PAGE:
United States District Court, E.D. Kentucky, Central Division, Lexington
SHARON F. TODD, Plaintiff,
HYSTER-YALE GROUP, INC., et. al., Defendants.
MEMORANDUM OPINION AND ORDER
M. HOOD SENIOR U.S. DISTRICT JUDGE
Sharon Todd, through counsel, has moved to amend certain
dates in the scheduling order in this action. [DE 16, 17,
18]. Todd has also moved for a hearing on the pending
motions. [DE 19]. The Defendants oppose Plaintiff's
motion to amend the scheduling order. [DE 22].
here, Plaintiff has failed to demonstrate good cause to
justify amending the current deadlines in the Court's
scheduling order. As a result, the Plaintiff's motions
[DE 16; DE 18; and DE 19] are DENIED.
29, 2018, Plaintiff Sharon Todd filed this employment
discrimination action in Madison Circuit Court against her
former employer Hyster-Yale Group, Inc., and three
individuals who either were or are employed at Hyster-Yale.
[DE 1-1]. The Defendants removed the action to federal court
based on arising under jurisdiction, 28 U.S.C. § 1331,
on July 25, 2018. [DE 1].
January 2, 2019, the parties submitted a joint report of
their Rule 26(f) planning meeting. [DE 12]. The report states
that the parties conferred on December 17, 2018. [DE 12 at 1,
Pg ID 72]. The report of the parties' planning meeting
was filed by counsel for the Defendants with permission from
counsel for the Plaintiff. [Id. at 7, Pg ID 78]. In
response, the Court entered a scheduling order on January 2,
2019. [DE 13].
on April 3, 2019, the Plaintiff submitted a motion to amend
or correct the scheduling order. [DE 16]. Then, on April 12,
2019, the Plaintiff filed a supplement to the motion to amend
[DE 17], a motion for extension of time for expert witness
disclosure [DE 18], and a motion for a hearing on the pending
motions [DE 19].
Court ordered an expedited briefing schedule on these
motions. [DE 20]. The Defendants responded in opposition to
Plaintiff's motion to amend. [DE 21]. The Plaintiff has
replied. [DE 23]. As a result, the pending motions are ripe
Standard of Review and Applicable Law
Federal Rules of Civil Procedure provide that “the
district judge . . . must issue a scheduling order: (A) after
receiving the parties' report under Rule 26(f).”
Fed.R.Civ.P. 16(b)(1)(A). The Rule is designed, in part, to
ensure that “at some point both the parties and the
pleadings will be fixed.” Fed.R.Civ.P. 16, 1983
advisory committee's notes.
Federal Rules also provide that a scheduling order “may
be modified only for good cause and with the judge's
consent.” Fed.R.Civ.P. 16(b)(4). This Court's
local rules generally allow parties to extend deadlines by
agreed order but require a motion for an extension of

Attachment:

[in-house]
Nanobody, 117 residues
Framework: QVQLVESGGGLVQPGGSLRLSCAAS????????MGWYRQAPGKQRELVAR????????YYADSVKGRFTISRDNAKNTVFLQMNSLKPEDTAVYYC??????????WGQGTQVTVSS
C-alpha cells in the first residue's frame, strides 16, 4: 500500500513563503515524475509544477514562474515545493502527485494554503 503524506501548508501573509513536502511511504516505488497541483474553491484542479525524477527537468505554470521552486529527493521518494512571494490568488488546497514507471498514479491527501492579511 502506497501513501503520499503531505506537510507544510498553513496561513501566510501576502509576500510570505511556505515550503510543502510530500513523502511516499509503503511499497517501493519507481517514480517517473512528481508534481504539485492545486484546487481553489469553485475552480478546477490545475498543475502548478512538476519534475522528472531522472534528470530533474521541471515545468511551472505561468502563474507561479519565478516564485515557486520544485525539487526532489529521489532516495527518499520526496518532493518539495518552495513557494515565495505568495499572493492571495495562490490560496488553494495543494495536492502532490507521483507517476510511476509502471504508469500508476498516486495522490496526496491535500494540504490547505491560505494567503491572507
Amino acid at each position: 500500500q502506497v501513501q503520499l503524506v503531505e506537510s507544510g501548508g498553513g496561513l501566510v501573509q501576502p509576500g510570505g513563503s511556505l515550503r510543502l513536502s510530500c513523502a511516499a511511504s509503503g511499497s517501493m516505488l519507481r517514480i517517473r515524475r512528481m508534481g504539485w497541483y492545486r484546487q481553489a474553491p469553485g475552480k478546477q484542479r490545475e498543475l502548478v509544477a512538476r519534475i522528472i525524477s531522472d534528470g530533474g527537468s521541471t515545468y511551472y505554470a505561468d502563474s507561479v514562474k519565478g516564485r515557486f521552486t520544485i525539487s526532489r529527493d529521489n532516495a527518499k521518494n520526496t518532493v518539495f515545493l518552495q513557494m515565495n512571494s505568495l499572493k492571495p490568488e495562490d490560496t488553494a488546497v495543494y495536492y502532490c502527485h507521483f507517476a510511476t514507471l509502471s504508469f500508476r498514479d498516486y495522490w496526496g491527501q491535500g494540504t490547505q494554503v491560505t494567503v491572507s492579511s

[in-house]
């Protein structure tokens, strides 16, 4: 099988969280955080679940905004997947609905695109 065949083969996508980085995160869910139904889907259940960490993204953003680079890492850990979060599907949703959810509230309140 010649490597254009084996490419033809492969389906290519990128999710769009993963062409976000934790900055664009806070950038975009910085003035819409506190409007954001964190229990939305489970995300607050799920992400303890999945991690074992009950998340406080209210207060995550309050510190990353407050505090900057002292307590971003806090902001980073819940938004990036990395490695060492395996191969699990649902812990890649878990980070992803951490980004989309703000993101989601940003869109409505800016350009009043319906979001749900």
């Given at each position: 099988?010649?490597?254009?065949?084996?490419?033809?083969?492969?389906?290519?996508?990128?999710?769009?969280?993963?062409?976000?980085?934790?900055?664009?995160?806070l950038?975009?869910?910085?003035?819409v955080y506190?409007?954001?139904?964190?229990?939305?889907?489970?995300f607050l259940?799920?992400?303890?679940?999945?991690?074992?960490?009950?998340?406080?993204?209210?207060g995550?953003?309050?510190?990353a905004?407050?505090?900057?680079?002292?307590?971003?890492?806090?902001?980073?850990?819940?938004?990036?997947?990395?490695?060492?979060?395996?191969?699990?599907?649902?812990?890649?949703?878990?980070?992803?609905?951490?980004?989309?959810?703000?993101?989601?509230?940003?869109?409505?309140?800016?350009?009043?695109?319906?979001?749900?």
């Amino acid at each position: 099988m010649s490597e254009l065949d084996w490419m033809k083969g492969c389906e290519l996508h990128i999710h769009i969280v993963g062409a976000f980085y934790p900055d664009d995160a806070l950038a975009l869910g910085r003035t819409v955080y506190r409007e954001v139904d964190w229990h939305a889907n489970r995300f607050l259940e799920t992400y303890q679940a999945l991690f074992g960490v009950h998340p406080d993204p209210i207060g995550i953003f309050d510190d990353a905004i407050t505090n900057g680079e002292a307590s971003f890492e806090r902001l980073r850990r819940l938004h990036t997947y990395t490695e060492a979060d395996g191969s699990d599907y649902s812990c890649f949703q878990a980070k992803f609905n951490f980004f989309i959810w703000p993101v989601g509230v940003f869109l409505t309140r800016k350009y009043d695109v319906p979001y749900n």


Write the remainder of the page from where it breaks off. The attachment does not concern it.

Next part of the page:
deadlines absent an agreed order. LR 7.1(b).
Sixth Circuit has instructed that “[t]he primary
measure of Rule 16's ‘good cause' standard is
the moving party's diligence in attempting to meet the
case management order's requirements.” Inge v.
Rock Financial Corp., 281 F.3d 613, 625 (6th Cir. 2002).
“A modification of the scheduling order by leave of
court is appropriate only when a relevant deadline
‘cannot reasonably be met despite the diligence of the
party seeking the extension.'” E.E.O.C. v.
U-Haul Intern., Inc., 286 F.R.D. 322, 325 (W.D. Tenn.
2012) (quoting Leary v. Daeschner, 349 F.3d 888, 909
(6th Cir. 2003)).
Court must also consider “possible prejudice to the
party opposing the motion.” Id. Even so,
“the main focus should remain on the moving party's
exercise of diligence.” Cooke v. AT&T
Corp., No. 2:05-cv-374, 2007 WL 188568, at *2 (S.D. Ohio
Jan. 22, 2007) (citing Andretti v. Borla Performance
Indus., Inc., 426 F.3d 824, 830 (6th Cir. 2005)).
this Court has recognized both the importance of scheduling
orders and the requirement for a showing of good cause to
amend a scheduling order absent agreement of the parties. The
Court has reiterated that “[a] scheduling order
maintains orderly proceedings and is ‘not a frivolous
piece of paper, idly entered, which can be cavalierly
disregarded . . . without peril.'” Century
Indem. Co. v. Begley Co., 323 F.R.D. 237, 240 (E.D. Ky.
2018) (quoting Birge v. Dollar Gen. Corp., No.
04-2531 B, 2006 WL 133480, at *1 (W.D. Tenn. Jan. 12, 2006)).
“Scheduling Order deadlines are important, and
‘parties are obliged to follow them.'”
Adams v. Natures Expressions Landscaping, Inc., No.
5:16-cv-00098-JMH, 2018 WL 2452179, at *3 (E.D. Ky. May 31,
2018) (quoting Century Indem. Co., 323 F.R.D. at
support of the motions to amend, the Plaintiff advances three
primary justifications for allowing amendments of the
scheduling order. First, the Plaintiff argues that the
scheduling order is “not workable” and that the
deadlines for joining additional parties and disclosure of
expert witnesses should occur near the end of discovery.
Second, counsel for the Plaintiff argues that he has been
engaged in several other time consuming professional and
personal matters, that he is a solo practitioner, and has a
“new, untrained staff.” Third, Plaintiff contends
that the Defendants have not adequately complied with their
obligations to provide initial disclosures under Rule
26(a)(1). Each of these assertions of good cause for amending
the scheduling order are considered below.
Scheduling Order Impracticalities
Plaintiff argues that the deadlines in the Court's
scheduling order are not workable and that the scheduling
order is “prejudicially flawed in the Defendants'
favor.” [DE 16; DE 23 at 8, Pg ID 147].
current scheduling order [DE 13], entered on January 2, 2019,